This video, shown in an Israeli court on Wednesday, reveals that a knife was deliberately moved much closer to the body of a Palestinian youth who had just been executed in cold blood.
According to Israel’s Channel 2, the footage “could indicate an attempt to tamper with evidence” in order to give the appearance that the youth “could have reached the knife and constituted a threat before he was shot.”
On 24 March, Israeli soldier Elor Azarya lifted his rifle, aimed and then fired at the head of 21-year-old Abd al-Fattah Yusri al-Sharif after he and another youth allegedly stabbed and moderately wounded a soldier in the Tel Rumeida neighborhood of Hebron’s Old City in the occupied West Bank.
Al-Sharif was lying on the ground, injured and immobilized, when Azarya fired at his head.
The other youth, Ramzi Aziz al-Qasrawi, also 21, was shot dead by another soldier.
Azarya’s execution of al-Sharif was documented on video recorded by a Palestinian resident of the neighborhood and released by the human rights group B’Tselem.
A previously unreleased video, one of several shown in court, further undermines Azarya’s claims that the already gravely wounded al-Sharif could have presented any conceivable threat before Azarya fired the fatal shot.
The video shows al-Sharif’s body lying on the ground after Azarya shot him. A knife is visible at a distance from his body.
An ambulance drives by and its wheel moves the knife slightly. Then a person who cannot be seen in the video kicks the knife toward al-Sharif.
At the end of the short video clip a voice is heard asking, “Why did you throw it?”
A voice is also heard in the video referring to al-Sharif as “that dog.”
Testifying about the videos shown in court, Israeli military investigator Major Ran Keinan said, “You don’t need an expert to see that the knife is far and also note that the terrorist’s shirt is half open.”
Keinan referred to a video that showed this to be the case 30 seconds before the fatal shooting.
Keinan’s testimony at Azarya’s trial would appear to refute claims that the immobilized al-Sharif could have reached the knife, or that his body might have been booby-trapped.
Azarya’s lawyers have claimed, as The Jerusalem Post reported, that their client “thought that shooting al-Sharif was the only way to save his life and the lives of nearby soldiers, thinking that al-Sharif was about to attack with a knife and an explosive belt.”
Another witness told the court that the knife was kicked by Ofer Ohana, an ambulance driver.
According to Channel 2, all video clips in the possession of investigators were shown in court.
This includes one which shows Ohana photographing al-Sharif and saying “he’s alive, that dog,” and asking “where’s the knife?”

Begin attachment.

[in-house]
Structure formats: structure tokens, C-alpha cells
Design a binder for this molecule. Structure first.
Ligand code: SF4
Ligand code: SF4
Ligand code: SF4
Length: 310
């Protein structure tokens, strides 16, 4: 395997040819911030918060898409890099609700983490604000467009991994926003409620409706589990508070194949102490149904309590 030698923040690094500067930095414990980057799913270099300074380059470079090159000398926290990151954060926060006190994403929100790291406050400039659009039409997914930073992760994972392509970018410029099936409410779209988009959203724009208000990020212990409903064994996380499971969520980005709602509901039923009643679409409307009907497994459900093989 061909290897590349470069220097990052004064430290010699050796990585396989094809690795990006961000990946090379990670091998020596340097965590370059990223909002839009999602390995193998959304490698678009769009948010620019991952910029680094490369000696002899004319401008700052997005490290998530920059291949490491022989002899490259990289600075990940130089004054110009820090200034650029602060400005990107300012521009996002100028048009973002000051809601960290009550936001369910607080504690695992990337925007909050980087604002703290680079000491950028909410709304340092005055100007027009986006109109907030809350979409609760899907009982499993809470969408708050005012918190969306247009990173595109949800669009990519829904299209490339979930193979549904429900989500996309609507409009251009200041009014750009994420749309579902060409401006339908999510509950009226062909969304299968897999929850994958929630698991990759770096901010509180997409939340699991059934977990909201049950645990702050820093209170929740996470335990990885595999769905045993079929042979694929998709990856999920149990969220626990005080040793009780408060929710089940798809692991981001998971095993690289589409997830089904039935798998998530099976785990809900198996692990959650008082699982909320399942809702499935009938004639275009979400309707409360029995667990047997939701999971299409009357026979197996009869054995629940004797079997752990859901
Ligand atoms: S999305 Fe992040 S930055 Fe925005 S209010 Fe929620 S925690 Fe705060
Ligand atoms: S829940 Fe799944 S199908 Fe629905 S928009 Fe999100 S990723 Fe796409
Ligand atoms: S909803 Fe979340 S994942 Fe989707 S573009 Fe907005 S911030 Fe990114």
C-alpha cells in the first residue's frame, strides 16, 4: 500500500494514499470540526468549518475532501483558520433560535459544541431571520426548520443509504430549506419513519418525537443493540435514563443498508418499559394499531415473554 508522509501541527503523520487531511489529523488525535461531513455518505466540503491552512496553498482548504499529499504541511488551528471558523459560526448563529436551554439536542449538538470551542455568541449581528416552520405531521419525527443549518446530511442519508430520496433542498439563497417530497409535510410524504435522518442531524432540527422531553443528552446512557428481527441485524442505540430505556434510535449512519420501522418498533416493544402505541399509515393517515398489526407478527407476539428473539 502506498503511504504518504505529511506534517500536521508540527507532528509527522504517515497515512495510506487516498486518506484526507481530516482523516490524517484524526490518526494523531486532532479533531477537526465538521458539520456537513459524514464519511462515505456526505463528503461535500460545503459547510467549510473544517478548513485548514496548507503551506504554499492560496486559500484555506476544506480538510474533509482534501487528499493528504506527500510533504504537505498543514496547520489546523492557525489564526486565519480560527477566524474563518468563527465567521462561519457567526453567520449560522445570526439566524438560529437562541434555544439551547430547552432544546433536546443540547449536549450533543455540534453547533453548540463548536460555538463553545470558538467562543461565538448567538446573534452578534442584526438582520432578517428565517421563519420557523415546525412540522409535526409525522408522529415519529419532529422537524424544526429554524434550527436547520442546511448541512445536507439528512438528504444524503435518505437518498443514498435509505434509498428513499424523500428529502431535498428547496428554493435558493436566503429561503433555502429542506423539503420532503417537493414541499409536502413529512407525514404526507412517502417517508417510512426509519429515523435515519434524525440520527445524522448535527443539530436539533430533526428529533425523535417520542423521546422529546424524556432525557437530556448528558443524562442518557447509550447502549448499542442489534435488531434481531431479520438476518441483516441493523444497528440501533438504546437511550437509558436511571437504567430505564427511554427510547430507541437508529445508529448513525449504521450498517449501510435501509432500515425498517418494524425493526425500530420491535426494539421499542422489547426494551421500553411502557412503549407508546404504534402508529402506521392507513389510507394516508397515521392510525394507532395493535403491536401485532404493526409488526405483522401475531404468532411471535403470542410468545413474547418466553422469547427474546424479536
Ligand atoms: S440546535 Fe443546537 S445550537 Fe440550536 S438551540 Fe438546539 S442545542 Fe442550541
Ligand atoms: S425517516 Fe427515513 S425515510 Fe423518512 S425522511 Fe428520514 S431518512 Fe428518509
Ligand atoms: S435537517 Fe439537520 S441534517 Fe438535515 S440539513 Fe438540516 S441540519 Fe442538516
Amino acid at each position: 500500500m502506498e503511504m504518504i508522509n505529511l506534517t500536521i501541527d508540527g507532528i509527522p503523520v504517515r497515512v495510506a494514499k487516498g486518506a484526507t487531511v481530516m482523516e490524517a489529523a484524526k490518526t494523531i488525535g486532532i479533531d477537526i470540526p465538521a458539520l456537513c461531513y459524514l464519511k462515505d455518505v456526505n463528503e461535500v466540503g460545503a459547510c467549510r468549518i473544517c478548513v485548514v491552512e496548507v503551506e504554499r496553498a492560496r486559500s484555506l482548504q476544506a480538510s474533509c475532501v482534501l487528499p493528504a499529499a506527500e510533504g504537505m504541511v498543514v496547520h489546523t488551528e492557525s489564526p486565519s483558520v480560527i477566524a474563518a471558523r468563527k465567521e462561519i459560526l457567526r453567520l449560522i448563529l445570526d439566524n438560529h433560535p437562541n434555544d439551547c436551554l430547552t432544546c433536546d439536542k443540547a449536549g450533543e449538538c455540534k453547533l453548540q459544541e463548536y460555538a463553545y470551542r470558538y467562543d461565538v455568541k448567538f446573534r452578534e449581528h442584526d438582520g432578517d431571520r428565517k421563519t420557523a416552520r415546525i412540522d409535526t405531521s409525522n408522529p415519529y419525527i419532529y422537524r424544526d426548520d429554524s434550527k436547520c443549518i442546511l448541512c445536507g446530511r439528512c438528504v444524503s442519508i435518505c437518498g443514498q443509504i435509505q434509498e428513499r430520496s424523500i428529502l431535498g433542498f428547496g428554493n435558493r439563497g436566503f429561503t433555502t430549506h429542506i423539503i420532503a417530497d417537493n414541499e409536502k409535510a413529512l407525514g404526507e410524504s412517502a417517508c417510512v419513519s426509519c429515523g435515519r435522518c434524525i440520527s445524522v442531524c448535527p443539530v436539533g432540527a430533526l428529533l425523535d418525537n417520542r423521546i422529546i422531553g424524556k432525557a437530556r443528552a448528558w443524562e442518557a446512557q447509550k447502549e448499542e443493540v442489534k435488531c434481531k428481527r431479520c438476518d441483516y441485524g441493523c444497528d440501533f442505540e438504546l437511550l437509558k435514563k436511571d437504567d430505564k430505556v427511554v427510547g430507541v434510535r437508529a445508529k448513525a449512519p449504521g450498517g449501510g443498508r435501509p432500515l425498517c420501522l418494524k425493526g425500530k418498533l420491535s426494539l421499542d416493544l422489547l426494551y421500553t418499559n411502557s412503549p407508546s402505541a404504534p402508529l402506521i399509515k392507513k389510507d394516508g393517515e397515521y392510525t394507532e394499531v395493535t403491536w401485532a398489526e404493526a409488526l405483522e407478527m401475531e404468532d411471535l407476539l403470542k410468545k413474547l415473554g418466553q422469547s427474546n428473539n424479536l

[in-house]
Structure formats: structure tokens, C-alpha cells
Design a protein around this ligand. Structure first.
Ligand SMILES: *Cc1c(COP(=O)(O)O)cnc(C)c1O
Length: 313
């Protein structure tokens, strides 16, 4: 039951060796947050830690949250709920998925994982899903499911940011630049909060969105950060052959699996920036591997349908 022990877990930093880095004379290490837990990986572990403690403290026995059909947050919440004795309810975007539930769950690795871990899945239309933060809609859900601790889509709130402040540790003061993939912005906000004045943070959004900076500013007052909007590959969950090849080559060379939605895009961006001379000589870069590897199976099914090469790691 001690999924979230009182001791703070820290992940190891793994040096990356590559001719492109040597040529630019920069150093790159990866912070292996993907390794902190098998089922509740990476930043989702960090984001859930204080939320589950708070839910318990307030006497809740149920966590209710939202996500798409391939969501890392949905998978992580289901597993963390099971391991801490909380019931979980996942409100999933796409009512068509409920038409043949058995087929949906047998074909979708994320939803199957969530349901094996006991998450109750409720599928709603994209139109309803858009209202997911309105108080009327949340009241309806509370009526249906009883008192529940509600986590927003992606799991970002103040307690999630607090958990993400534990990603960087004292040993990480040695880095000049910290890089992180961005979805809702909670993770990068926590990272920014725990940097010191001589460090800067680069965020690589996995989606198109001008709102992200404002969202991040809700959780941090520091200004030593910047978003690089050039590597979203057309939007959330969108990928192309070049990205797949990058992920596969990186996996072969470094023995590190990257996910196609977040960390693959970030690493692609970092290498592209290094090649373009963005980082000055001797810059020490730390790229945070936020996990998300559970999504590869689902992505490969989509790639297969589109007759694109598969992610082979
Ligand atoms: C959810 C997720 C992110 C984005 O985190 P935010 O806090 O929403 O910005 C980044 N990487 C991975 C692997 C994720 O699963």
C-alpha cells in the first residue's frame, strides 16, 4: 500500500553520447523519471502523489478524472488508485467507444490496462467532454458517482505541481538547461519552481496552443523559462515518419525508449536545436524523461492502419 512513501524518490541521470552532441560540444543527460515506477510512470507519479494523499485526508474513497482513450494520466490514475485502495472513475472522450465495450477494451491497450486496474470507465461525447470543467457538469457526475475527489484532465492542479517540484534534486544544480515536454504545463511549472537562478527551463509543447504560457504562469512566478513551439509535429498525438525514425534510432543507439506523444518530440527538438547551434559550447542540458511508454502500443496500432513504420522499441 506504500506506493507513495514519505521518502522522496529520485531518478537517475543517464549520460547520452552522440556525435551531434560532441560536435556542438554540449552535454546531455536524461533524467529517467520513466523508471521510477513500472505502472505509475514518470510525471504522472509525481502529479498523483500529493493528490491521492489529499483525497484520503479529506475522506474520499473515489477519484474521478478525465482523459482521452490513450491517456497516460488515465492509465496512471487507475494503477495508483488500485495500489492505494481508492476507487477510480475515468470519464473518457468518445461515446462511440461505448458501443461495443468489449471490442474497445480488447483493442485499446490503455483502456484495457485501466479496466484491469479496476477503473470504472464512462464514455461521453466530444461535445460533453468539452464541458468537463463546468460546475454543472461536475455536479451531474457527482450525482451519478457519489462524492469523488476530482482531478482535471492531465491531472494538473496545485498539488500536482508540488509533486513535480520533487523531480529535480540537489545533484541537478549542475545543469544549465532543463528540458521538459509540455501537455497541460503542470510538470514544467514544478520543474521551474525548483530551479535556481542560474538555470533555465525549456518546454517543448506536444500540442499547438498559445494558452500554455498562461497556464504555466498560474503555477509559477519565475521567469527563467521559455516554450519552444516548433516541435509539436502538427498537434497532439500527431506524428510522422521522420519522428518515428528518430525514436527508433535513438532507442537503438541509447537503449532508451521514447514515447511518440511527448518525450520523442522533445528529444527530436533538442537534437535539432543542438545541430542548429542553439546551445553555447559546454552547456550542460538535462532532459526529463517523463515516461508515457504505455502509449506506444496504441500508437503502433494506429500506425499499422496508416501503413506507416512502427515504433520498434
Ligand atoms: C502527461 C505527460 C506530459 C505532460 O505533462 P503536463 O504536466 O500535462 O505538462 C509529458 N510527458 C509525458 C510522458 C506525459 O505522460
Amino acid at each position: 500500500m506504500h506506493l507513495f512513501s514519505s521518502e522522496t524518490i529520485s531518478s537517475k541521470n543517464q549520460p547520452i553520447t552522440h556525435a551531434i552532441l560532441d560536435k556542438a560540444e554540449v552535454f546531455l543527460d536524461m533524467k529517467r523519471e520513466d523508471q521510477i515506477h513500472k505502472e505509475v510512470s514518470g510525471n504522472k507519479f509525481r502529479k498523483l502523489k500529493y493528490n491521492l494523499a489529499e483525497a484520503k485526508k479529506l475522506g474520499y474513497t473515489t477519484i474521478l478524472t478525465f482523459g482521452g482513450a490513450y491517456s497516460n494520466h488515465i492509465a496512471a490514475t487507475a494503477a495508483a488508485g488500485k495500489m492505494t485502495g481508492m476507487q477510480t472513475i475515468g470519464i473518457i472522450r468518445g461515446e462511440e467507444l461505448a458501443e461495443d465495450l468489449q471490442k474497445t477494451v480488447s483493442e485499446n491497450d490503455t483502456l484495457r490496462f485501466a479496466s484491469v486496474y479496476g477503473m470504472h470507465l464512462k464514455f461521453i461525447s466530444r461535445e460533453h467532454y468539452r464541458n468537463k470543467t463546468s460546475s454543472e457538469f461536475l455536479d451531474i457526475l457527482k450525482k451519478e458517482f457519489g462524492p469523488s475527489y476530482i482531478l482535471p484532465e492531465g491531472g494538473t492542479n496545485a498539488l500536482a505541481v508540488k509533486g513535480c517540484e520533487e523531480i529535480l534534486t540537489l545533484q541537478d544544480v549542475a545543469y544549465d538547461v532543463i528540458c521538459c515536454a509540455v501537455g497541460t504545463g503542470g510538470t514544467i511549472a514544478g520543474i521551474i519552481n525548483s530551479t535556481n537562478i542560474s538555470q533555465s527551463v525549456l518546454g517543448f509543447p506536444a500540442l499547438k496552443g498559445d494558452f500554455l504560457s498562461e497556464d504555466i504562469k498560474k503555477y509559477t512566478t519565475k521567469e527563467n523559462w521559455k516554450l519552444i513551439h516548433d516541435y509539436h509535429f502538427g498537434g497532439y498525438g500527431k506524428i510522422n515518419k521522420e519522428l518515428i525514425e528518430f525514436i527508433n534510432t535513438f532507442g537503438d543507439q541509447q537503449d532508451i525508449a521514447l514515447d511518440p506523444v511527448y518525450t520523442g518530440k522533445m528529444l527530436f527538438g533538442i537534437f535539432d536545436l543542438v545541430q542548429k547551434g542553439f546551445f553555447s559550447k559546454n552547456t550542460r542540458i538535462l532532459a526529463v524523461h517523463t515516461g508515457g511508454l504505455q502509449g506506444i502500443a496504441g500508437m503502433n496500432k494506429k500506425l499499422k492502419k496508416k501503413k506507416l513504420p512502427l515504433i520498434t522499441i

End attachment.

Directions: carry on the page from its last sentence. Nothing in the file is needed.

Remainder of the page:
The knife is visible some ways away, according to Channel 2.
This report from the Mabat evening news program on Israel’s Channel 1 includes several video clips of the events surrounding the shooting that were shown in court:
Another witness told investigators that moments before he shot al-Sharif, Azarya had said: “He stabbed my friend, he deserves to die.”
Prosecutors also told the court that they had retrieved a text message from Azarya’s phone.
A minute and a half after the shooting, Azarya texted his father: “We had an attack, a friend of mine was wounded. The friend killed the first one, I killed the second one.”
A military prosecutor told the court that evidence to be presented as the trial proceeds would show that “the defendant’s actions are done calmly, cool-headedly.”
Much of the popular support for Azarya appears to stem from a sense of betrayal that he was only doing what was expected of him by executing an injured Palestinian.
Indeed, human rights groups have repeatedly condemned Israeli leaders for inciting subordinates to carry out a wave of extrajudicial executions of Palestinians since a sharp increase in direct confrontations began last October.
In many cases, Palestinians were injured, immobilized or otherwise presented no conceivable threat when they were killed.
In November, B’Tselem pointed blame for “the transformation of police officers, and even of armed civilians, into judges and executioners” squarely at Netanyahu.
“Your silence in the face of Minister of Public Security Gilad Erdan’s saying that ‘every terrorist should know that he will not survive the attack he is about to perpetrate’ is tantamount to consent to this unlawful policy,” B’Tselem said, addressing the Israeli prime minister.
These killings have seldom led to serious investigations, let alone prosecutions.
Azarya’s lawyers have demanded to know why their client has been singled out, while the army recently cleared a senior officer for killing an unarmed Palestinian youth.
Last July, Shomer, a commander of the Binyamin Brigade, shot Muhammad al-Kasbeh with live ammunition.
The boy had allegedly thrown a rock at Shomer’s jeep near the military checkpoint at Qalandiya in the occupied West Bank.
“The unlawful killing was immediately condoned by military commanders and government ministers,” B’Tselem noted.
Security camera footage from a nearby gas station supports B’Tselem’s claim that the soldiers were in no imminent danger when Shomer killed al-Kasbeh.
B’Tselem described the closure of the case as “an integral part of the whitewash mechanism which is Israel’s military investigative system.”
It remains to be seen whether Azarya will be convicted, and, if so, seriously punished.
What is not in doubt is that the attention his killing of al-Sharif has received is the exception, while impunity remains the rule.
Dena Shunra provided translation.